1. Do the trunk test

Chinese money plant against a beige-coloured background

(Image credit: Getty Images/patnowa)

To check it is not too late, Paris recommends starting with a trunk assessment, they are a key source of information: 'A great way to check if a money tree can be revived is doing the scratch test on the trunks.' 

Using your fingernail or sharp paring knife (with great care), you can scrape back some of the outer layer to reveal the underneath. If it is green, there is hope and the plant is still viable. On the other hand, if the stem is brown and quite dead-looking or entirely hollow, it is sadly too late.

2. Check the location of your plant

Chinese money plant

(Image credit: Alamy)

'Once you do the scratch test and find your money plant can be revived, really all you need to do is provide optimal care conditions; the most important being bright light,' continues Paris.

'Having a window that faces south or west is ideal, but if you don’t have the means of natural lighting I would highly suggest using a grow light to get a money plant to bounce back faster.'

We recommended a GooingTop LED plant growing lamp when growing vanilla bean orchids indoors. It is dimmable and comes with timed settings that should help deliver consistent bright light which could nurse a near-death money plant back to full health fairly promptly. These plants are also fond of bright light.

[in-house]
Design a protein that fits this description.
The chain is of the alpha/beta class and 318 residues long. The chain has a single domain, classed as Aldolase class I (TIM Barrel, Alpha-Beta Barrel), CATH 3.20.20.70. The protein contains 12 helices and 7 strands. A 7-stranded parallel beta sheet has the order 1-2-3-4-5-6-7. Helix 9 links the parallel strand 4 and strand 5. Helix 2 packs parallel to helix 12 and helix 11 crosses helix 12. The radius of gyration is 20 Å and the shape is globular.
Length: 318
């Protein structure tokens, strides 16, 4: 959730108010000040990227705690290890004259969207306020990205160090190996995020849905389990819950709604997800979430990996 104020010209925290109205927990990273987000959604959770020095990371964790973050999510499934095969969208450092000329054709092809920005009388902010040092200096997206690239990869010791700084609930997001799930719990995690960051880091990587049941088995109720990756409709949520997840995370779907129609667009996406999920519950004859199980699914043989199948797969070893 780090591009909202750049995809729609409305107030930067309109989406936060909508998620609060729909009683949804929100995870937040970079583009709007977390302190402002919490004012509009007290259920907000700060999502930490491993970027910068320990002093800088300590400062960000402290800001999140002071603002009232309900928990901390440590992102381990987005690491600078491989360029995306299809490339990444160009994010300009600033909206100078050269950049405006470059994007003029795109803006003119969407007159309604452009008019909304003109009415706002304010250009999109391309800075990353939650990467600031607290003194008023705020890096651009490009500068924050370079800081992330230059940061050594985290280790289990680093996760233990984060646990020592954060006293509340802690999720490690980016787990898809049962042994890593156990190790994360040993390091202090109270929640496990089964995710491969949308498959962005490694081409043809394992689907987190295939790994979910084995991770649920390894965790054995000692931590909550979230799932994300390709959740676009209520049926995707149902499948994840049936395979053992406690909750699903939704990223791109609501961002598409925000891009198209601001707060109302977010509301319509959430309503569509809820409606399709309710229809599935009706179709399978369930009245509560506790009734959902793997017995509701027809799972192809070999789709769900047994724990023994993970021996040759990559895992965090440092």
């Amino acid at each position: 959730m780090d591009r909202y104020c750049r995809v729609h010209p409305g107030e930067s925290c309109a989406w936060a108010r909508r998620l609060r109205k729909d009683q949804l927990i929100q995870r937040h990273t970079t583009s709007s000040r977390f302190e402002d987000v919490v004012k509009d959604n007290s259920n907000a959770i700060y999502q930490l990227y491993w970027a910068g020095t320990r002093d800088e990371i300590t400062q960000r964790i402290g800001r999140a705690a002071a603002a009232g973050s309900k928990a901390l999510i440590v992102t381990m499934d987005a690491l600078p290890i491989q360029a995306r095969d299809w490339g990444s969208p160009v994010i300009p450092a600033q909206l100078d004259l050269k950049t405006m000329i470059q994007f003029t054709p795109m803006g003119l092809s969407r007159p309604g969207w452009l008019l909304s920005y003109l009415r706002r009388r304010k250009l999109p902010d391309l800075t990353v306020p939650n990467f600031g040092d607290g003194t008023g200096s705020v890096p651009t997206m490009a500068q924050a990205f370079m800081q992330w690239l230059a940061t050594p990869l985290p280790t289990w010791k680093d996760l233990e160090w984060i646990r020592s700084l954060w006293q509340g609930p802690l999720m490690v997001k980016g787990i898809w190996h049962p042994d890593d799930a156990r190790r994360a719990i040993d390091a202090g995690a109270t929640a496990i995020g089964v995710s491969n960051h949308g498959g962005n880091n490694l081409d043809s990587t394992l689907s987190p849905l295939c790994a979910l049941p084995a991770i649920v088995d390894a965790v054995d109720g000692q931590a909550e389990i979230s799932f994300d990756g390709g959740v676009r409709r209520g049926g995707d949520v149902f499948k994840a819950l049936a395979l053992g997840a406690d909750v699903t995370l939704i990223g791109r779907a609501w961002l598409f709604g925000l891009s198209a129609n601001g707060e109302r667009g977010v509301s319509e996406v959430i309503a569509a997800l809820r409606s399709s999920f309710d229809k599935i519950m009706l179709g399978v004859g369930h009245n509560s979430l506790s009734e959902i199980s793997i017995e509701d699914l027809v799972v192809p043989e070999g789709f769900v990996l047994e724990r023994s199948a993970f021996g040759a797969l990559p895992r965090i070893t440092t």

'I was able to recover a leafless money plant within just a few months using a grow light,' shares Paris. Just be sure to not position the lamp too close to the leaves. Though there are some house plants that thrive in direct sunlight, the Chinese money plant is not one of them and you will risk burning the foliage with overexposure to strong rays. 

This looks like the edges of the leaves turning brown and crisp. 'If the leaves are sunburnt, move the plant farther from the light source, so the light is less intense, or move the plant to a different window with bright indirect light,' recommends Jessica. About one to two feet away from a window should suffice.

3. Assess water levels

Close up of Chinese money plant in neutral space

(Image credit: The Sill)

Chinese money plants like water, but they are a little fussy. They may benefit from a humidifier or bathroom placement. 'Other than light, be sure to water as soon as the soil dries, and being a tropical plant it will grow faster with higher humidity and warmer temperatures,' adds Paris. 

Amazon has a reliable collection of humidifiers for plants which make a fair investment if you are one for indoor tropical gardening in particular. Note, there is a fine line between adequate hydration and an overwatered house plant. 'The most common problem is overwatering,' continues Jessica. 'These plants like to dry out between watering sessions and can develop root rot if the soil stays too wet.'